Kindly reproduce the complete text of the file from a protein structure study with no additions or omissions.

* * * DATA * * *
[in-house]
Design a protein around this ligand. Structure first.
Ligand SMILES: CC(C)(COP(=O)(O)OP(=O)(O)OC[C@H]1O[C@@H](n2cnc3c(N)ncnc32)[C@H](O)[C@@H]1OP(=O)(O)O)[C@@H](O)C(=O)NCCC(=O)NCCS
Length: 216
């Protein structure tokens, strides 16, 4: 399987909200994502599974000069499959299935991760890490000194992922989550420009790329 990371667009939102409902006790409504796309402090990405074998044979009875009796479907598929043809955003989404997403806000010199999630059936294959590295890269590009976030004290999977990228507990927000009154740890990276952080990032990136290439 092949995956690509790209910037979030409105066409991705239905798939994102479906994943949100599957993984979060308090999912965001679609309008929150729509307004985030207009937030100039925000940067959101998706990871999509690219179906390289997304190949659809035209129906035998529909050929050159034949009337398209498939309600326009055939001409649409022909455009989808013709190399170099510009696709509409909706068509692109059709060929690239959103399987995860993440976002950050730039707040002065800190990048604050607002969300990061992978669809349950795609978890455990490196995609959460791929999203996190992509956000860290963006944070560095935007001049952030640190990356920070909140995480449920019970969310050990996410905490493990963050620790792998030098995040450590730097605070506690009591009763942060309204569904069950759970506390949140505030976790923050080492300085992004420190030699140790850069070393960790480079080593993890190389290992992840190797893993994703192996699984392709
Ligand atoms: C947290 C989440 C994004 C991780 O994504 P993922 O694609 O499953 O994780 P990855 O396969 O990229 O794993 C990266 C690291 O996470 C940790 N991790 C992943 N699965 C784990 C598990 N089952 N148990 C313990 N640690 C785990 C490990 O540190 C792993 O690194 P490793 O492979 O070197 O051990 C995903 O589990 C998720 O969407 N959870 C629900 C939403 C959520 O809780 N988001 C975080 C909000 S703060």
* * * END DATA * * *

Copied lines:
[in-house]
Design a protein around this ligand. Structure first.
Ligand SMILES: CC(C)(COP(=O)(O)OP(=O)(O)OC[C@H]1O[C@@H](n2cnc3c(N)ncnc32)[C@H](O)[C@@H]1OP(=O)(O)O)[C@@H](O)C(=O)NCCC(=O)NCCS
Length: 216
């Protein structure tokens, strides 16, 4: 399987909200994502599974000069499959299935991760890490000194992922989550420009790329 990371667009939102409902006790409504796309402090990405074998044979009875009796479907598929043809955003989404997403806000010199999630059936294959590295890269590009976030004290999977990228507990927000009154740890990276952080990032990136290439 092949995956690509790209910037979030409105066409991705239905798939994102479906994943949100599957993984979060308090999912965001679609309008929150729509307004985030207009937030100039925000940067959101998706990871999509690219179906390289997304190949659809035209129906035998529909050929050159034949009337398209498939309600326009055939001409649409022909455009989808013709190399170099510009696709509409909706068509692109059709060929690239959103399987995860993440976002950050730039707040002065800190990048604050607002969300990061992978669809349950795609978890455990490196995609959460791929999203996190992509956000860290963006944070560095935007001049952030640190990356920070909140995480449920019970969310050990996410905490493990963050620790792998030098995040450590730097605070506690009591009763942060309204569904069950759970506390949140505030976790923050080492300085992004420190030699140790850069070393960790480079080593993890190389290992992840190797893993994703192996699984392709
Ligand atoms: C947290 C989440 C994004 C991780 O994504 P993922 O694609 O499953 O994780 P990855 O396969 O990229 O794993 C990266 C690291 O996470 C940790 N991790 C992943 N699965 C784990 C598990 N089952 N148990 C313990 N640690 C785990 C490990 O540190 C792993 O690194 P490793 O492979 O070197 O051990 C995903 O589990 C998720 O969407 N959870 C629900 C939403 C959520 O809780 N988001 C975080 C909000 S703060």